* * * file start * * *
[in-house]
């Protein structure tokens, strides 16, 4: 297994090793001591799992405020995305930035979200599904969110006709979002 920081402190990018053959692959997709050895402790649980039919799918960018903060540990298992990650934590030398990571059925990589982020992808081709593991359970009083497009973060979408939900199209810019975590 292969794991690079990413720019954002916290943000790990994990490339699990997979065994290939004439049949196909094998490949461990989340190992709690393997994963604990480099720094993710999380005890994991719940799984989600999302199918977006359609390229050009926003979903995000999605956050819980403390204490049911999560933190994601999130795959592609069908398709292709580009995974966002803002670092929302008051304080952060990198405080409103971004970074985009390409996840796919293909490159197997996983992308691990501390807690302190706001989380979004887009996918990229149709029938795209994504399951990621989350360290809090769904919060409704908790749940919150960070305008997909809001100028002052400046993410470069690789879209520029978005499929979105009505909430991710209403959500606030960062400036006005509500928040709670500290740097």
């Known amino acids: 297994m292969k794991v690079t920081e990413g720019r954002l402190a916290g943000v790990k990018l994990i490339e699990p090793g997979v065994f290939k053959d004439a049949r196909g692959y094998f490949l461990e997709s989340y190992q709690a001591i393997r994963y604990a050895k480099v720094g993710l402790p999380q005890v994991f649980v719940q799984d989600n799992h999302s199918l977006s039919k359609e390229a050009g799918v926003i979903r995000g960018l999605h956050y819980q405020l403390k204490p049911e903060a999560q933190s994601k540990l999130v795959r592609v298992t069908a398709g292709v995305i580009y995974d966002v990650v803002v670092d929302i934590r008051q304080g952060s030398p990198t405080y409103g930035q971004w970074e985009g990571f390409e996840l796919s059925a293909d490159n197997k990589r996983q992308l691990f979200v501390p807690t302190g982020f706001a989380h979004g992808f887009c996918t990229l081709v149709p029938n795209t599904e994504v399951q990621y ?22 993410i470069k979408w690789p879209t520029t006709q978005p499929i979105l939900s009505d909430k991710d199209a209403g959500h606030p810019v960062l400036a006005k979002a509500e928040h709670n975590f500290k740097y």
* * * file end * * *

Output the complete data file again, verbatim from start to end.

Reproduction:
[in-house]
């Protein structure tokens, strides 16, 4: 297994090793001591799992405020995305930035979200599904969110006709979002 920081402190990018053959692959997709050895402790649980039919799918960018903060540990298992990650934590030398990571059925990589982020992808081709593991359970009083497009973060979408939900199209810019975590 292969794991690079990413720019954002916290943000790990994990490339699990997979065994290939004439049949196909094998490949461990989340190992709690393997994963604990480099720094993710999380005890994991719940799984989600999302199918977006359609390229050009926003979903995000999605956050819980403390204490049911999560933190994601999130795959592609069908398709292709580009995974966002803002670092929302008051304080952060990198405080409103971004970074985009390409996840796919293909490159197997996983992308691990501390807690302190706001989380979004887009996918990229149709029938795209994504399951990621989350360290809090769904919060409704908790749940919150960070305008997909809001100028002052400046993410470069690789879209520029978005499929979105009505909430991710209403959500606030960062400036006005509500928040709670500290740097």
């Known amino acids: 297994m292969k794991v690079t920081e990413g720019r954002l402190a916290g943000v790990k990018l994990i490339e699990p090793g997979v065994f290939k053959d004439a049949r196909g692959y094998f490949l461990e997709s989340y190992q709690a001591i393997r994963y604990a050895k480099v720094g993710l402790p999380q005890v994991f649980v719940q799984d989600n799992h999302s199918l977006s039919k359609e390229a050009g799918v926003i979903r995000g960018l999605h956050y819980q405020l403390k204490p049911e903060a999560q933190s994601k540990l999130v795959r592609v298992t069908a398709g292709v995305i580009y995974d966002v990650v803002v670092d929302i934590r008051q304080g952060s030398p990198t405080y409103g930035q971004w970074e985009g990571f390409e996840l796919s059925a293909d490159n197997k990589r996983q992308l691990f979200v501390p807690t302190g982020f706001a989380h979004g992808f887009c996918t990229l081709v149709p029938n795209t599904e994504v399951q990621y ?22 993410i470069k979408w690789p879209t520029t006709q978005p499929i979105l939900s009505d909430k991710d199209a209403g959500h606030p810019v960062l400036a006005k979002a509500e928040h709670n975590f500290k740097y």